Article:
Metformin is commonly prescribed for treating the insulin resistance aspect of PCOS. If you become pregnant, some doctors are recommending that metformin be continued, at least during the early phases of pregnancy. This idea behind this appears to be that taking metformin might produce better pregnancy outcomes.
Quite a few of you ask whether you should take metformin (Glucophage) during your pregnancy. Possibly your doctor said you should take it. Metformin is a drug that is used to reduce insulin resistance.
Metformin is widely prescribed to pregnant women with PCOS in an attempt to reduce pregnancy complications. However, metformin is not approved for this indication, and evidence for this practice is lacking.
A recent Norwegian study may shed some light on this issue. They gave a group of 257 pregnant PCOS women either metformin, or a placebo during their pregnancies.
The group was evaluated for adverse pregnancy outcomes such as preeclampsia, gestational diabetes, or preterm delivery.
The evaluations showed that metformin was no more effective than a placebo in reducing overall pregnancy complications.
If you are told to take metformin during your pregnancy, make sure that you fully understand WHY you are taking it.
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Secondly, it's well known that long-term consumption of metformin can
induce a vitamin B12 insufficiency. You do not want to have a vitamin
B12 insufficiency while you are pregnant. Your developing baby needs
B12. If you do take metformin, you might consider a vitamin B12
Don't be afraid to ask your doctor questions. After all, it's your body. And it's your baby.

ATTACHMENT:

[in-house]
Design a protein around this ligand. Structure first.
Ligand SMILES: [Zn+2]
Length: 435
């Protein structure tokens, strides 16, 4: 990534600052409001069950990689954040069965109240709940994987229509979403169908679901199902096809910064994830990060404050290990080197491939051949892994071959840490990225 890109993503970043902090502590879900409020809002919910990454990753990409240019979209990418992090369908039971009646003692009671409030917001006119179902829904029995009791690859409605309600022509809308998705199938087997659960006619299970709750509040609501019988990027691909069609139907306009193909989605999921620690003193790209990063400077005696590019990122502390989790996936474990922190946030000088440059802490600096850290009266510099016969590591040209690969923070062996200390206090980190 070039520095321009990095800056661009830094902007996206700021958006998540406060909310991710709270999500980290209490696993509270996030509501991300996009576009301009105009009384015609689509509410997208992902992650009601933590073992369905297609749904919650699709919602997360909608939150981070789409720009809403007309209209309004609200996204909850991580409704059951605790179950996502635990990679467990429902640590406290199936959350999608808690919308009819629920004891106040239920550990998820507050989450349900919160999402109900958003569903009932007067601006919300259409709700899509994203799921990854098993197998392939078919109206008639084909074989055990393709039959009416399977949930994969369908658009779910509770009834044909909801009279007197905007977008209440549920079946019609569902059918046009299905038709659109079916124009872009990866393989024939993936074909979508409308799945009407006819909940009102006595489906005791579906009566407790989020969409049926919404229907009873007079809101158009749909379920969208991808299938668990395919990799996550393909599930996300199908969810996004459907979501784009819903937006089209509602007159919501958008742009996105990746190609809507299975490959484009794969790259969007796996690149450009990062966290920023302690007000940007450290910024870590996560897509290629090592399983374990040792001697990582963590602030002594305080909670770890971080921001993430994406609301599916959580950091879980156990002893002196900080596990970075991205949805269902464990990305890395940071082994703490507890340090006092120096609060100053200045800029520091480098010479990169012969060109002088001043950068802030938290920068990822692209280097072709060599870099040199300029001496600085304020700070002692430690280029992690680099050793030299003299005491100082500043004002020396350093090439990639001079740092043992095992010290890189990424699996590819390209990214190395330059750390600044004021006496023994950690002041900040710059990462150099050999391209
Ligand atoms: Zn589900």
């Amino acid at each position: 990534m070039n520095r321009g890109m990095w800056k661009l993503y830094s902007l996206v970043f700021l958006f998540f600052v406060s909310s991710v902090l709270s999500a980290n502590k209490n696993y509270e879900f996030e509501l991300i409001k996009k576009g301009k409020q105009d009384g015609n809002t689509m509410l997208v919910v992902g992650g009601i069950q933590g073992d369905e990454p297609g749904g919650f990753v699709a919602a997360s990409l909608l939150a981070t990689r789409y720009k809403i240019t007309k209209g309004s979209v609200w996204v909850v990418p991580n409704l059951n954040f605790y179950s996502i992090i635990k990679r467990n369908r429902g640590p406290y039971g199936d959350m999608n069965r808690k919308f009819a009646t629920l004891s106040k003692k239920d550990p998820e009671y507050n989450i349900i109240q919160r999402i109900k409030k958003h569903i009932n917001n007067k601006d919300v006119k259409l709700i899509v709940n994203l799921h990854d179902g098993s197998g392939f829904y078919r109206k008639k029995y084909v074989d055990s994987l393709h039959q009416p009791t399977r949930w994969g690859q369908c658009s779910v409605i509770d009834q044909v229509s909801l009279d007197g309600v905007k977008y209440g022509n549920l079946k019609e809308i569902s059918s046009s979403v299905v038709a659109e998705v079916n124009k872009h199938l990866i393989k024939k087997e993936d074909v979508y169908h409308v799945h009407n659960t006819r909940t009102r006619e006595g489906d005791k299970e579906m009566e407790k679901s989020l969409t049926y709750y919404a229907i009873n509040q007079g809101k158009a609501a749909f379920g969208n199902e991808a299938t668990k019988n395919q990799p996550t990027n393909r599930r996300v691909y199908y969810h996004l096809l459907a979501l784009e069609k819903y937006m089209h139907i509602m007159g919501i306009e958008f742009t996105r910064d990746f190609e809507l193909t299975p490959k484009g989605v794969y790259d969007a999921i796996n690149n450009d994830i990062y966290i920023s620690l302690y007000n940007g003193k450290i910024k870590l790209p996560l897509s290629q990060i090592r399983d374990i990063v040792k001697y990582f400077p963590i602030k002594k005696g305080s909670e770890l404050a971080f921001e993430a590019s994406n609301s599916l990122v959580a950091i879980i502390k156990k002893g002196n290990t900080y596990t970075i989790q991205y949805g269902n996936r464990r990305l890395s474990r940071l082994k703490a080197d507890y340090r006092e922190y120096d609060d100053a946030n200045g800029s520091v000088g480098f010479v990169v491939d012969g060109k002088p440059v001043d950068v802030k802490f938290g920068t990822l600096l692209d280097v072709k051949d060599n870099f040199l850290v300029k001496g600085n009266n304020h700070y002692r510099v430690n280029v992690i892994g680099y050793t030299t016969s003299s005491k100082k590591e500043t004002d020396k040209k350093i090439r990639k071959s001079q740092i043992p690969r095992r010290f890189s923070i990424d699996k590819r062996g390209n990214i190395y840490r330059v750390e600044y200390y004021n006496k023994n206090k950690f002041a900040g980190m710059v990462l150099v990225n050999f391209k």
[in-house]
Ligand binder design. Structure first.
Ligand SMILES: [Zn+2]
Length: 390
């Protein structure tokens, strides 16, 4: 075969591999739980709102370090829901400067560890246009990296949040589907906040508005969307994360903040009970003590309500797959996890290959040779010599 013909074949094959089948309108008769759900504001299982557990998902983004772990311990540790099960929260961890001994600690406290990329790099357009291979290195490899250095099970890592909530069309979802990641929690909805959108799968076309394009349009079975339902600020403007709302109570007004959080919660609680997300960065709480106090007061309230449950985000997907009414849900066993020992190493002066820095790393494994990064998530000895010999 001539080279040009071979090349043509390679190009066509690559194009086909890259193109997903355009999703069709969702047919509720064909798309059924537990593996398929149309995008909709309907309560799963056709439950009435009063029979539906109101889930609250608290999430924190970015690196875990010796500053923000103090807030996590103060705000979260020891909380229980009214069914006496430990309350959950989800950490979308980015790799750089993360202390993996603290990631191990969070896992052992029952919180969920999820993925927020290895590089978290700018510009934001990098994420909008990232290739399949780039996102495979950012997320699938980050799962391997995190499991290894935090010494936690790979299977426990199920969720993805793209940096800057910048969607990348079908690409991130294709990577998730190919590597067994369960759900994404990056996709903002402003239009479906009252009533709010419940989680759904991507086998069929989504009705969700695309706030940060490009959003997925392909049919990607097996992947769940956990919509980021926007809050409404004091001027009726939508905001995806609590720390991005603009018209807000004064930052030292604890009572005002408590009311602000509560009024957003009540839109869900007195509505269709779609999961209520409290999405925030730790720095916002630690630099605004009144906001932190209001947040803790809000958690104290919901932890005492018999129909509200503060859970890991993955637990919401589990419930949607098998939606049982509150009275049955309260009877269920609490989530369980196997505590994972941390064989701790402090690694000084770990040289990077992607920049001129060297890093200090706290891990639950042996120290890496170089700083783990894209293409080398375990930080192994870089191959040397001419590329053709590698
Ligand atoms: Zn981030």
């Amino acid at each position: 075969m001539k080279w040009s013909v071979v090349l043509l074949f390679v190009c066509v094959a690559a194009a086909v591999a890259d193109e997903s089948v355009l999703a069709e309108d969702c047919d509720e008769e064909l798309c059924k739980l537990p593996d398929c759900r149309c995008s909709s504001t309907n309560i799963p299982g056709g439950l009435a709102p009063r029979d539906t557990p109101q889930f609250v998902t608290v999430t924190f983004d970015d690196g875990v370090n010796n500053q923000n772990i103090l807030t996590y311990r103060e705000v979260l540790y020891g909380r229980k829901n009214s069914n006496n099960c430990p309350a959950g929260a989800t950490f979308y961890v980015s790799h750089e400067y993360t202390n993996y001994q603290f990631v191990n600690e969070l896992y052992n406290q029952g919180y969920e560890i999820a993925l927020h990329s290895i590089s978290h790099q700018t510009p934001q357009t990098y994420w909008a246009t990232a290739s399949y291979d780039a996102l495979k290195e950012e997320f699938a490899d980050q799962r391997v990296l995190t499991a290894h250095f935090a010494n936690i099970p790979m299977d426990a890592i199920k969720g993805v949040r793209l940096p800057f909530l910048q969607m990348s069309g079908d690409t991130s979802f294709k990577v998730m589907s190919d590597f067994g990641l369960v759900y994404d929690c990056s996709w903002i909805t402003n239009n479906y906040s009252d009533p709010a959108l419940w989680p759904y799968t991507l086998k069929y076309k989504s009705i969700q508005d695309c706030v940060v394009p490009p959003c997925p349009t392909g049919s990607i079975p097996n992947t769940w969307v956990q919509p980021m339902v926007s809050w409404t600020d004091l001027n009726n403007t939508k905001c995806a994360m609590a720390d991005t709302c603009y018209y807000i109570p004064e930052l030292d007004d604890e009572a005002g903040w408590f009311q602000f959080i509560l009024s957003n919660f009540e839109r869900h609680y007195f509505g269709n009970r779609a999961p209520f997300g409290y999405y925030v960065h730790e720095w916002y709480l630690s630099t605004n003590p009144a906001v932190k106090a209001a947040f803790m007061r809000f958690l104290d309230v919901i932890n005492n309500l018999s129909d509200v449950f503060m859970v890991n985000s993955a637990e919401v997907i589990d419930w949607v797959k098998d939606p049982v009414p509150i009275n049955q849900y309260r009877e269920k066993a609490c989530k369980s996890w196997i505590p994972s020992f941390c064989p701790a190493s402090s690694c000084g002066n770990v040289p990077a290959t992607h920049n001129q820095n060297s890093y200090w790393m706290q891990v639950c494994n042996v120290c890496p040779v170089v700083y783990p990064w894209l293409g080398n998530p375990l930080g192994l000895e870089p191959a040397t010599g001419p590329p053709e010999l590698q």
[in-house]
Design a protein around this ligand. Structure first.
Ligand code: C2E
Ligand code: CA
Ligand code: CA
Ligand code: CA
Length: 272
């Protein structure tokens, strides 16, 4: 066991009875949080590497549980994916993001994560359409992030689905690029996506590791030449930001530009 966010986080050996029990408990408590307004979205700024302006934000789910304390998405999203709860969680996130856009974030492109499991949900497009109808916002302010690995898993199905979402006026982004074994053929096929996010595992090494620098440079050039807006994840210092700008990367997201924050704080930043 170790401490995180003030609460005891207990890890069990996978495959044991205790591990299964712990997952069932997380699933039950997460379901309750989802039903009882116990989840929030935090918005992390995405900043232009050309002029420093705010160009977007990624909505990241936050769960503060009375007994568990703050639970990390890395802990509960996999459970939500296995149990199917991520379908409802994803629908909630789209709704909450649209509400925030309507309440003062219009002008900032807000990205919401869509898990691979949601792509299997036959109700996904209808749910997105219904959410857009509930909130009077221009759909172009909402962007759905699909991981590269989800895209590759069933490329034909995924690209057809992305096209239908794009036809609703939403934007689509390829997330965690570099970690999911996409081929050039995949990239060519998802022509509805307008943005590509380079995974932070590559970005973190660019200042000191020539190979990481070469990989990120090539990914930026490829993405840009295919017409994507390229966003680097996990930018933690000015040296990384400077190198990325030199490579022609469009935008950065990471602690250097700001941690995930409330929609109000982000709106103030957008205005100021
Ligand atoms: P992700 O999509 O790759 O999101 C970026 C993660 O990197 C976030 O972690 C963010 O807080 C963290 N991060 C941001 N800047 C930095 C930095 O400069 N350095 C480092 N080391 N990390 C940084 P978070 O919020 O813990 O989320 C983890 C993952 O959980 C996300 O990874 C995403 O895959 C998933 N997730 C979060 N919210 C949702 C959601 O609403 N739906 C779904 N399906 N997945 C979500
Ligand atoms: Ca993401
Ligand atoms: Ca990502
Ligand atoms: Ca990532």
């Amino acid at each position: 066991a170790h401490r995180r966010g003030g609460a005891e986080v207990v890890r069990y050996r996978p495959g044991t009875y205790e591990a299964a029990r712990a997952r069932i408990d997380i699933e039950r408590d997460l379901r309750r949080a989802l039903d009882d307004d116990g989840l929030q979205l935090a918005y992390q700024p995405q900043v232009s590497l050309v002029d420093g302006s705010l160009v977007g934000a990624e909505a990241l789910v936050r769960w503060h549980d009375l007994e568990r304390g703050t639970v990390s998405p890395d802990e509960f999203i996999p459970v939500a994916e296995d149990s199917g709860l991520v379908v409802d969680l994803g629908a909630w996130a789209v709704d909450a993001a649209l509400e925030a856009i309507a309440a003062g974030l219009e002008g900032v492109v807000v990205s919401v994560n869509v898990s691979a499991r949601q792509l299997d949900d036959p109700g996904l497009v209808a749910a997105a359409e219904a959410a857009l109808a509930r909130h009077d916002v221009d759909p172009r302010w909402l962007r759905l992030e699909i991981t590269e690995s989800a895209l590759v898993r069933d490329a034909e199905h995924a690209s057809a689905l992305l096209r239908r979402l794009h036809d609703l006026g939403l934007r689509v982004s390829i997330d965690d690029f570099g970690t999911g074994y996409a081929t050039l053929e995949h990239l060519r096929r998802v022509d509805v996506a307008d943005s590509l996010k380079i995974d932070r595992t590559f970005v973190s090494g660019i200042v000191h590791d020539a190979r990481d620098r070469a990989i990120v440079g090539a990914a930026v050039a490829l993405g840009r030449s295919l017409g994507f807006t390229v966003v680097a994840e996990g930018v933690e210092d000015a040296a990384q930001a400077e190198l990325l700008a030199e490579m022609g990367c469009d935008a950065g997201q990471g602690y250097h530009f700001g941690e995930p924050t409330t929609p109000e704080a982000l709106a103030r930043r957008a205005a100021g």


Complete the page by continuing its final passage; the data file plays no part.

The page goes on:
Source: Vanky E et al, Metformin Versus Placebo from First Trimester to Delivery in Polycystic Ovary Syndrome: A Randomized, Controlled Multicenter Study, J Clin Endocrinol Metab. 2010 Oct 6. [Epub ahead of print]
Are you wondering how this drug might affect your unborn baby? Metformin can pass through the placenta and possibly influence the fetus. Could there be any long-term effects on the fetus?
A Scandinavian study looked at this question. The researchers did a follow up study of mothers who had polycystic ovary syndrome and had either taken metformin or a placebo while pregnant. Twenty-five children of these mothers were evaluated at ages 7-9.
There were no differences in the children in terms of height, weight or body composition. However, children of mothers taking metformin during pregnancy had higher blood sugar levels and higher blood pressure than children of mothers who did not take metformin.
It's not clear whether this difference is just coincidental or insignificant -- or whether it may mean something. More research is definitely needed on the long-term effects of metformin on children of PCOS mothers.
Source: Ra TB et al, Growth, body composition and metabolic profile of 8-year-old children exposed to metformin in utero. Scand J Clin Lab Invest. 2012 Nov;72(7):570-5.
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